From: (Anonymous)
@mjg59, you said (quite a while ago), "I'm willing to do the technical work required to split the trademarks into separate packages as long as Canonical are willing to accept that." [https://news.ycombinator.com/item?id=10615405]

Would you do so if it meant a summary judgement from a court? (IANAL, I don't know what the process is, just going by what was in the parent comment).

Re: Your Footnote

Date: 2016-12-02 07:00 pm (UTC)
From: (Anonymous)
Got it. Canonical's continual pussyfooting around this issue really makes me think twice about using their stuff because I like to use open software whenever possible. Please keep up the good fight.

Re: Your Footnote

Date: 2016-12-02 05:11 pm (UTC)
From: (Anonymous)
A summary judgment would be nice, but it's clearly much more work and more expensive than writing a blog post. And just for the record, his (and others') blog posts on this subject are the principal reason why I go out of my way to avoid Canonical distributions myself. So clearly the posts are making a difference.

Personally I don't need a summary judgment to see the Canonical is not acting in the spirit of free software. I'm sure there are others that feel the same way.

GNU Philosophy seems to address this

Date: 2016-12-02 06:12 pm (UTC)
From: (Anonymous)


"Rules about packaging and distribution details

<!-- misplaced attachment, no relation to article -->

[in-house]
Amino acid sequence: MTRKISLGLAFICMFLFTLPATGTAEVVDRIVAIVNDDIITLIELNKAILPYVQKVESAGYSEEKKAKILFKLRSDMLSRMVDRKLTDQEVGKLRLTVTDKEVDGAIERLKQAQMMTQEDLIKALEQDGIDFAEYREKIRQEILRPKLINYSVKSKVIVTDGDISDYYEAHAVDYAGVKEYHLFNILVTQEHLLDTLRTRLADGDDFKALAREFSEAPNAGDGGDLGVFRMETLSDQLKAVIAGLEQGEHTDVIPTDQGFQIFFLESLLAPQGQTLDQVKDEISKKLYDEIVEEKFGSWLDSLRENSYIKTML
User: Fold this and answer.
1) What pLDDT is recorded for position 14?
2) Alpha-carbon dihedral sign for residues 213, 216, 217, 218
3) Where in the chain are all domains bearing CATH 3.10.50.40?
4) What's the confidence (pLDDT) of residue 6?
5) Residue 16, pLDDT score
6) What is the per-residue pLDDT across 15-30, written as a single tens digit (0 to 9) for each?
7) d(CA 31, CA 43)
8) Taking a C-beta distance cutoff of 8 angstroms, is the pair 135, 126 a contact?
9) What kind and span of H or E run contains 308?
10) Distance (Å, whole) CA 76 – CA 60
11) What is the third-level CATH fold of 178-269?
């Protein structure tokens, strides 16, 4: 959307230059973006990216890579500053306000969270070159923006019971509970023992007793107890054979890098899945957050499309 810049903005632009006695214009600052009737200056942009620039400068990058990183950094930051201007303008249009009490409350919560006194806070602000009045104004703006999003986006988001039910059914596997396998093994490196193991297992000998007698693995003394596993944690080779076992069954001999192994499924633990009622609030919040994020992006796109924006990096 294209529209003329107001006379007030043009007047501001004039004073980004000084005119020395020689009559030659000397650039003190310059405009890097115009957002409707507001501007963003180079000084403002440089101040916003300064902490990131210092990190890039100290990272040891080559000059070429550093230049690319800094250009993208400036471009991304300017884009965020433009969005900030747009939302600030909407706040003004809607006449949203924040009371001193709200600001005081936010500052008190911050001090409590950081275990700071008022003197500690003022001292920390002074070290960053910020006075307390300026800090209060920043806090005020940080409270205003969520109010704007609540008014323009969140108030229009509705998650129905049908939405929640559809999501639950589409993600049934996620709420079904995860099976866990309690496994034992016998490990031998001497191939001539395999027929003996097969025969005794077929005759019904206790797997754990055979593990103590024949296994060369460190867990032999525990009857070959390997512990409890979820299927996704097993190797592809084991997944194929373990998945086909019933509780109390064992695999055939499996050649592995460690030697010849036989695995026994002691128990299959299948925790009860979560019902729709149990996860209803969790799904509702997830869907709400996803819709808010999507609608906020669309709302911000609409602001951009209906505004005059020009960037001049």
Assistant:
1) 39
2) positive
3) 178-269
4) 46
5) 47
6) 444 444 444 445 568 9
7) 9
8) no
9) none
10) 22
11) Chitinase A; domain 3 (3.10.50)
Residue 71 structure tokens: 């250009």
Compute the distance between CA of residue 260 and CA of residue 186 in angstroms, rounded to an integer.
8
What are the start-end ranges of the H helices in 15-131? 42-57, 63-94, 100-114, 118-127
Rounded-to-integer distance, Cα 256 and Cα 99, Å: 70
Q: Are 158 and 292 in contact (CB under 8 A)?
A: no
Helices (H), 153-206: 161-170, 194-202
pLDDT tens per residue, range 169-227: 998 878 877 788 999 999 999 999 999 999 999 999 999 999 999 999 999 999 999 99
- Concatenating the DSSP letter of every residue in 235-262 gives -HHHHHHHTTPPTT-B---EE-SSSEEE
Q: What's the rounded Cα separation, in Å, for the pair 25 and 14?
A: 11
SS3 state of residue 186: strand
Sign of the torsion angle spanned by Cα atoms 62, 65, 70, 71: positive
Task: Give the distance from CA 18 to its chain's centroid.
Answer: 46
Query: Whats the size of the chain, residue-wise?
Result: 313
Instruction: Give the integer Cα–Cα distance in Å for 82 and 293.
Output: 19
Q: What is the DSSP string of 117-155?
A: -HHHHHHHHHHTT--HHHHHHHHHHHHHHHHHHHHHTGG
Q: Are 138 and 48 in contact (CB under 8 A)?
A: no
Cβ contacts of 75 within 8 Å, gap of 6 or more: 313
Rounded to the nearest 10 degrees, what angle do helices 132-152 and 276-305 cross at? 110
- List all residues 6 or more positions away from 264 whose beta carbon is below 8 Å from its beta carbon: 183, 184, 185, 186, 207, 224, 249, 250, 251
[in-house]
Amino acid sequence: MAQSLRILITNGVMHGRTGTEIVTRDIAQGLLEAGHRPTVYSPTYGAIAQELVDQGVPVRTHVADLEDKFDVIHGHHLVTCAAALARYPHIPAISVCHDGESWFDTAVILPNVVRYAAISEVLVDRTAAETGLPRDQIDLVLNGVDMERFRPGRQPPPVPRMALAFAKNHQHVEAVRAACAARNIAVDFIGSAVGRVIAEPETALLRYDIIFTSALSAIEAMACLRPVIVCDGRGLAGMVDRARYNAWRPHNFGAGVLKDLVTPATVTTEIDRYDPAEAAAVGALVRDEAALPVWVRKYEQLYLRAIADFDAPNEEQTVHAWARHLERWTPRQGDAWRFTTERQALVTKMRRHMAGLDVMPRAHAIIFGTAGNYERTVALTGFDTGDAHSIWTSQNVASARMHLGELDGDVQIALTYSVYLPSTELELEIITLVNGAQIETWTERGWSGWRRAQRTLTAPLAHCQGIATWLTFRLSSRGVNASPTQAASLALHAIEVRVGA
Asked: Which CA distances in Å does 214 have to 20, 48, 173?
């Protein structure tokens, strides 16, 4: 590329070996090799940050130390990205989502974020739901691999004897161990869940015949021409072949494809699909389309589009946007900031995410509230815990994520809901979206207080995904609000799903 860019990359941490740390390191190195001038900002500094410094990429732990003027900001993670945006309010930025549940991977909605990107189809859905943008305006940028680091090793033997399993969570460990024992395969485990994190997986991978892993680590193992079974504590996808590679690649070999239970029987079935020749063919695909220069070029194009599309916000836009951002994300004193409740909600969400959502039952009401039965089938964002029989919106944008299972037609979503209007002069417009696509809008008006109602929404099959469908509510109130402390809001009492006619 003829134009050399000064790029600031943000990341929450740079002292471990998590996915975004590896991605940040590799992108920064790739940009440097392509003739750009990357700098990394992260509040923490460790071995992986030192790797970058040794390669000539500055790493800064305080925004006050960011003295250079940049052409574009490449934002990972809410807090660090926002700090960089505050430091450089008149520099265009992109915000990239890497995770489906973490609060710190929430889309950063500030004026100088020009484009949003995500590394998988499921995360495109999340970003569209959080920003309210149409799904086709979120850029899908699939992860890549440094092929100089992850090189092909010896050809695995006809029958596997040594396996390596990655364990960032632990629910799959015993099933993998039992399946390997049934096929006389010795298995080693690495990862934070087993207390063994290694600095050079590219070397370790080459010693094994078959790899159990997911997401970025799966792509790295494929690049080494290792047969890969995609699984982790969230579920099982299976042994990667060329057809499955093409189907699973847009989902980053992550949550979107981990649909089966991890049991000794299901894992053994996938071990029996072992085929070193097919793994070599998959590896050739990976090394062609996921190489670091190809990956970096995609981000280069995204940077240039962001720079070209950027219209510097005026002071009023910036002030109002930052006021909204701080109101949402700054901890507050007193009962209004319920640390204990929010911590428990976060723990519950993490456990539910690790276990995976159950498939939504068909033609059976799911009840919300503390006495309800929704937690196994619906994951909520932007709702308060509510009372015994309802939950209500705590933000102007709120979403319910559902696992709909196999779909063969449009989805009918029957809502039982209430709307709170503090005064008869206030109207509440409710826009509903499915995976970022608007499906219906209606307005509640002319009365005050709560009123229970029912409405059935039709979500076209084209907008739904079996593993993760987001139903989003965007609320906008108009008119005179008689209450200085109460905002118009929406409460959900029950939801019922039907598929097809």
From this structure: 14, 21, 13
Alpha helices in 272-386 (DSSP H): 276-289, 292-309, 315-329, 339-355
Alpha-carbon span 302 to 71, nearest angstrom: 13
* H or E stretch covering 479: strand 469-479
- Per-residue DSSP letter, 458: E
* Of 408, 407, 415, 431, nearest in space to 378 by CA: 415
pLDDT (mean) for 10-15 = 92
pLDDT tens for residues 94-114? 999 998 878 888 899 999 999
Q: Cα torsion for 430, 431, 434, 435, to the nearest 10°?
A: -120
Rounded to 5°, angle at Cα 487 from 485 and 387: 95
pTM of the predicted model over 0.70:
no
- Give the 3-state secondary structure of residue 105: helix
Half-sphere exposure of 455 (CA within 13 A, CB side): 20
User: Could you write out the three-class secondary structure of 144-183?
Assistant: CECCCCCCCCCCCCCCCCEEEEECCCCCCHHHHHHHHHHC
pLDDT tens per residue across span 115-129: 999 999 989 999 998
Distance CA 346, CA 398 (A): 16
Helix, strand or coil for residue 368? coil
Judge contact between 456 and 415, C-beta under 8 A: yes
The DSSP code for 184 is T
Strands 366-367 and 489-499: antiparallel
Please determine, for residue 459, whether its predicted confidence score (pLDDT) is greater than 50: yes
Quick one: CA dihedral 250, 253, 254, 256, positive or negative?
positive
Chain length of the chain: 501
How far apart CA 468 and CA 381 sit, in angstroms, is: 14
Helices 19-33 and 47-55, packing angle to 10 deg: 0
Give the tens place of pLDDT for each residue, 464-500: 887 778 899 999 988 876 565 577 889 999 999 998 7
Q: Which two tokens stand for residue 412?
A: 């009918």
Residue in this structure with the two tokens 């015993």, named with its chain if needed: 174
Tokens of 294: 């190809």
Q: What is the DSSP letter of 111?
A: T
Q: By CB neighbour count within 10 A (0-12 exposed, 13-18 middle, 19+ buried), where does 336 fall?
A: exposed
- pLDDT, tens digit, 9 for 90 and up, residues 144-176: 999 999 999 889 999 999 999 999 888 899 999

Rules about how to package a modified version are acceptable, if they don't substantively limit your freedom to release modified versions, or your freedom to make and use modified versions privately. Thus, it is acceptable for the license to require that you change the name of the modified version, remove a logo, or identify your modifications as yours. As long as these requirements are not so burdensome that they effectively hamper you from releasing your changes, they are acceptable; you're already making other changes to the program, so you won't have trouble making a few more."

So you take a copy of Ubuntu's ISO and to wrap things around it. You've modified the results from Canonical. So this block clearly applies. You're still free to distribute their binary packages unmodified.

I'd argue removing Canonical IP/trademarks is "so burdensome" as to "effectively hamper anyone from releasing your changes". Anyone with the interest in packaging a distro is going to require sufficient knowledge and skill to do so. They'll be plenty capable of doing the work requested by Canonical.

Re: GNU Philosophy seems to address this

Date: 2016-12-02 06:13 pm (UTC)
From: (Anonymous)
Dang; I meant "is not so burdensome"

Date: 2016-12-03 04:56 pm (UTC)
shipitfish: (cincinnati-kid-betting)
From: [personal profile] shipitfish
Software Freedom Conservancy published an analysis which explains why Canonical, Ltd.'s IP policy turns the non-copylefted software in Ubuntu into non-Free-Software: https://sfconservancy.org/news/2015/jul/15/ubuntu-ip-policy/

The GPL'd stuff is still Free Software, because they have a "trump" clause for that, but like any non-copyleft software, you can turn the other stuff into non-Free, which Canonical, Ltd. does here.


Matthew Garrett

About Matthew

Power management, mobile and firmware developer on Linux. Security developer at Google. Ex-biologist. @mjg59 on Twitter. Content here should not be interpreted as the opinion of my employer.